London Life by Philip Sanderson
Philip Sanderson’s watercolours portray the light, colour and beauty of much that is around us. London’s urban scenes and characteristic skylines provide imposing backdrops to scenes of people doing ordinary things – a cyclist in a corner of Bloomsbury, people in deck chairs in a London park or tourists milling around Piccadilly.
Monday 22 June – Sunday 19 July
Somewhere there’s a feather falling
by Gabrielle Radiguet
In this solo exhibition Gabrielle invites viewers to share with her the prospect of catching a sudden glimpse of something transitory – a momentary sense of the divine. The show brings together a series of new paintings, cyanotype prints and miniature ink studies which aim to celebrate the awe and wonder of the English landscape. The paintings are built up in a spirit of quiet introspection, creating a harmonious sense of place where time is stilled and a search for the light is shared with the viewer. The cyanotype prints are taken from the allotments and edgelands of the city where things are often left alone or forgotten. These simple specimens are literally caught in sunlight where their innate character develops into an object of individual beauty. The ink studies draw the viewer in to an intimate space of calligraphic mark making proposing through successive interpretations of the landscape, a personal journey.
Monday 1 June-Friday 31 July
This is a ground-breaking interfaith gathering of premier and emerging artists. The exhibition focuses on what they hold in common through their Arab, Persian and Jewish cultures and their Christian, Muslim and Jewish creeds. The Bridge is an East-West travelling art exhibition organised and curated by CARAVAN, an interreligious and intercultural peacebuilding NGO. It showcases the work of 47 premier contemporary visual artists from 15 countries. Each artist has submitted one original work (created specifically for the exhibition) addressing the theme. The Bridge opened on 2 February 2015 with a month-long exhibition in Paris to commemorate World Interfaith Harmony Week. After leaving St Martin-in-the-Fields the exhibition will be on display in Egypt and throughout Europe and the United States. The Bridge seeks the development of a world that inherently respects and honours cultural and religious diversity, living and working together in harmony. It does not pretend all religions are the same but highlights ways they can enrich and helpfully and creatively challenge one another.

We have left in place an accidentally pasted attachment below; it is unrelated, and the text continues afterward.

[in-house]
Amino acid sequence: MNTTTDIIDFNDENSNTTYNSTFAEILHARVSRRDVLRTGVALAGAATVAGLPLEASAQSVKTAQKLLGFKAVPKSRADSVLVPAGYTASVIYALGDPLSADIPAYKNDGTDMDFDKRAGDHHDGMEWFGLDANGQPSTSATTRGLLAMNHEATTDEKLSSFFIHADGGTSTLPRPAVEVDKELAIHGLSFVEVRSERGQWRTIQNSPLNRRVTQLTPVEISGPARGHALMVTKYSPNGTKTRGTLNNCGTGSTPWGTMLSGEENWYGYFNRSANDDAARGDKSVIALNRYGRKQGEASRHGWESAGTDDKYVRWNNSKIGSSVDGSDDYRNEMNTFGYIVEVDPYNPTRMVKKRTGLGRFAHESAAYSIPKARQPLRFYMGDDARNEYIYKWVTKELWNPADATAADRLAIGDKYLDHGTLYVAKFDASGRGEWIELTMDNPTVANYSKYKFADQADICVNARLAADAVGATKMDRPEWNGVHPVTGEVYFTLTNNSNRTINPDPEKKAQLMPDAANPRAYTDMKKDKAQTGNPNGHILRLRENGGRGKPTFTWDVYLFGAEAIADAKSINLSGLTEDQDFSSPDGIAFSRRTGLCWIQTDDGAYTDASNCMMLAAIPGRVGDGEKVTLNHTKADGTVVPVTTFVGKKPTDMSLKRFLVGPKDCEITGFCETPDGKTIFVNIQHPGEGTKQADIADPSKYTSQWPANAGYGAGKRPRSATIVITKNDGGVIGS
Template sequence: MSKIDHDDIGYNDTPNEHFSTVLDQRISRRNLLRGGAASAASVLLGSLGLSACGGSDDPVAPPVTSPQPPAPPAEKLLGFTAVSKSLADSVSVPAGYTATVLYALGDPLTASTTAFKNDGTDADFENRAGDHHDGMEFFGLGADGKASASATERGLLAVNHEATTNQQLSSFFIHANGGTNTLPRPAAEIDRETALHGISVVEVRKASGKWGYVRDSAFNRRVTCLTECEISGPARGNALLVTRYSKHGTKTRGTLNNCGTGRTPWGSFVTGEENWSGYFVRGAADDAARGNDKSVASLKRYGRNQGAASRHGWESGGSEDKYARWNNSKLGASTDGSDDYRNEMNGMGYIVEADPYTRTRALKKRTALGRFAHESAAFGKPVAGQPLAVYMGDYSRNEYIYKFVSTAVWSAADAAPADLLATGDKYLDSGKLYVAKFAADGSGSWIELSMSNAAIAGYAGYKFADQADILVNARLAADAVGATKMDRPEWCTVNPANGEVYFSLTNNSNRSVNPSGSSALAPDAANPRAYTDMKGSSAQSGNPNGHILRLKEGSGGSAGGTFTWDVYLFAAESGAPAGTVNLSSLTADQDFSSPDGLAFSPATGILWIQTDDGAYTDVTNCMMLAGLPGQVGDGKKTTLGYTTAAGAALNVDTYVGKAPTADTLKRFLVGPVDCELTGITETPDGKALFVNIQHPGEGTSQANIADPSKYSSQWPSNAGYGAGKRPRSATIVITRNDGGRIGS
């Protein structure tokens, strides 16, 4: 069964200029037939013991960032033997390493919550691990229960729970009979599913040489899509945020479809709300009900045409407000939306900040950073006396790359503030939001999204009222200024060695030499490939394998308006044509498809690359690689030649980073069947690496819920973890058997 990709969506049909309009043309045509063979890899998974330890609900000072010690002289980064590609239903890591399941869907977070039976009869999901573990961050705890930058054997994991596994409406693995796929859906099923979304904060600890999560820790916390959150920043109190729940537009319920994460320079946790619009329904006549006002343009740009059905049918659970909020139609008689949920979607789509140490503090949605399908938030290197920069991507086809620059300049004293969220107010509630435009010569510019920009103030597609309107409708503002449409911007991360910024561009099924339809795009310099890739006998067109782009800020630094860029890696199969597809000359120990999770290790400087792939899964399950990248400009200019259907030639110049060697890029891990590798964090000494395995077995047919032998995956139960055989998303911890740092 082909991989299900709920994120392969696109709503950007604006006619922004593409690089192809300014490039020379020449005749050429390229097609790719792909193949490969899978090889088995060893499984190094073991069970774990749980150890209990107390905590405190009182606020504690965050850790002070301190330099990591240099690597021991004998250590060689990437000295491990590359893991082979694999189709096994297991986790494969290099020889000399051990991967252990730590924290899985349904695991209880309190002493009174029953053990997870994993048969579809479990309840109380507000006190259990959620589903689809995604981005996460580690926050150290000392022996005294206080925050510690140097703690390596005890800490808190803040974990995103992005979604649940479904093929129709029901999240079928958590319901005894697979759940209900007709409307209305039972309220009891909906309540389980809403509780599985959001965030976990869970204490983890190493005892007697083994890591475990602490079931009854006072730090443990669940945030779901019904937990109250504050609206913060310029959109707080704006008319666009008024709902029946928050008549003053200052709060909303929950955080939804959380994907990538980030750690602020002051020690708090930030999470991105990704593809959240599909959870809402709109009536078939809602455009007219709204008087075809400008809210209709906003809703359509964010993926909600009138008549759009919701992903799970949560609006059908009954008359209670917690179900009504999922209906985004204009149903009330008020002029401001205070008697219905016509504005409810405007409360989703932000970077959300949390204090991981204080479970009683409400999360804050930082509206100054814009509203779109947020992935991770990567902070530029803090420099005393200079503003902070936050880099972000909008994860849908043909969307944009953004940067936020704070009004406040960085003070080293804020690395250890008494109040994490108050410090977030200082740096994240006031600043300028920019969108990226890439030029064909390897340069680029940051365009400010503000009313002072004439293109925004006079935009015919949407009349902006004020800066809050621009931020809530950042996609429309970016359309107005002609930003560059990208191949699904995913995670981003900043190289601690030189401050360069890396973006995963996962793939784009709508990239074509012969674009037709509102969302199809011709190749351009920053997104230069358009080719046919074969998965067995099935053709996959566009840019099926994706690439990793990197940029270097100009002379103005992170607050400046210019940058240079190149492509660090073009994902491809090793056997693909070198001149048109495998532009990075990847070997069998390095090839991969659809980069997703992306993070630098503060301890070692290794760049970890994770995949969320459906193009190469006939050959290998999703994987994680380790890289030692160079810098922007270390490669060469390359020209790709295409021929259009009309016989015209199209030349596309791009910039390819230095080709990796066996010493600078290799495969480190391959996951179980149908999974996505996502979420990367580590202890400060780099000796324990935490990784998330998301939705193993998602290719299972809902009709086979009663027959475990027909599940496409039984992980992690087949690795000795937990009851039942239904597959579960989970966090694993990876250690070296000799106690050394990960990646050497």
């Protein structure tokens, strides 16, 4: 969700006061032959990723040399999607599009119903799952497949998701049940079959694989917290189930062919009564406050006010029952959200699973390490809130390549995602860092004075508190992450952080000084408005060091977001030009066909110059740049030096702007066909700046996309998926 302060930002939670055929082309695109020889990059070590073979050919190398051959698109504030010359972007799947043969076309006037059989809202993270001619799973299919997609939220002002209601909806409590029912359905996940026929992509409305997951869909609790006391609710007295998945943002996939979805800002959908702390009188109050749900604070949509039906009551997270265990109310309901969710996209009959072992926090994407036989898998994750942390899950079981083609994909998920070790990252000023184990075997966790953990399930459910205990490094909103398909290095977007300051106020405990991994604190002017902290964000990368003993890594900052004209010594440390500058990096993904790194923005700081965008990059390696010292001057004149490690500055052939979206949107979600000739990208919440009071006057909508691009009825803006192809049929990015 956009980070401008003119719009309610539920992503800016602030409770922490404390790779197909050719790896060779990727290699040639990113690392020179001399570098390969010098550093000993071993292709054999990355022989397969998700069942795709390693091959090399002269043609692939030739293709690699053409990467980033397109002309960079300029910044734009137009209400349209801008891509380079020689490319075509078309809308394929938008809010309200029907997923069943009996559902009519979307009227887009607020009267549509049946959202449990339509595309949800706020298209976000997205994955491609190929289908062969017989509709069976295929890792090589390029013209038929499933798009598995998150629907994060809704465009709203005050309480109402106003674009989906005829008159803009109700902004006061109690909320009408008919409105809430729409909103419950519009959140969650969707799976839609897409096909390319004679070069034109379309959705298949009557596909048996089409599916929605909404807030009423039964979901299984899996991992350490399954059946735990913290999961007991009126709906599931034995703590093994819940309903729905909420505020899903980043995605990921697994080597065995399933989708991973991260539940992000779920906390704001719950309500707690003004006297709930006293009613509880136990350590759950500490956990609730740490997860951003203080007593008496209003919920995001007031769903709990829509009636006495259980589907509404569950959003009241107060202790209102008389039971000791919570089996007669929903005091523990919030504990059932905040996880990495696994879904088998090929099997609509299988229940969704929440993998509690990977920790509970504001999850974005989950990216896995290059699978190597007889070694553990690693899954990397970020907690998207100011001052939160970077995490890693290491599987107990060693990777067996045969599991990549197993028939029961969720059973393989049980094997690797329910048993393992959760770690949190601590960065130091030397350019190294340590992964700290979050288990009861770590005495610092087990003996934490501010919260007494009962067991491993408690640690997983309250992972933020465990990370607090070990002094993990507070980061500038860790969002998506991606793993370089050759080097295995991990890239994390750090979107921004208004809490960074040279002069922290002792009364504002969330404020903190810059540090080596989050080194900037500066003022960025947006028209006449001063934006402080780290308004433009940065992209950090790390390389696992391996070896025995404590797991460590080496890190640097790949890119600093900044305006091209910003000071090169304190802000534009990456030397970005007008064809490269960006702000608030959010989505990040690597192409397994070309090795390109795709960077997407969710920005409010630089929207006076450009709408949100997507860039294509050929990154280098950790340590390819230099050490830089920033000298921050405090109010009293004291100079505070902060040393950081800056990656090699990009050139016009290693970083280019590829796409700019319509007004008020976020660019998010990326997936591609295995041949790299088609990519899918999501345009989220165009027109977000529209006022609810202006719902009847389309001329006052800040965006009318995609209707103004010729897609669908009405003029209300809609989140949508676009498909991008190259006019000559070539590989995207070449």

Find out more about the artist’s work and exhibition.
Monday 20 July – Sunday 9 August
About a Strand by Lewis Phillips
About A Strand is based on the different extremes of life revolving around one of London’s major streets. The Strand is home to some of the world’s most famous landmarks, The Royal Courts of Justice, The Savoy, Somerset House along with elite restaurants and shops.
It is also home to some of the poorest people in the UK including some of the 5,000 people living homeless on the streets of London. This photographic essay depicts the huge diversity of the area from the high flyers to the poor who use the streets as a sanctuary for survival.
The exhibition subjects have shared their stories of success and struggle through their words and photographs. The project is hard-hitting but there it also shows the triumphs of people digging their way out of drug and alcohol abuse, mental health problems and long term unemployment in order to move on with their lives. www.lewisphillipsimages.com/about-a-strand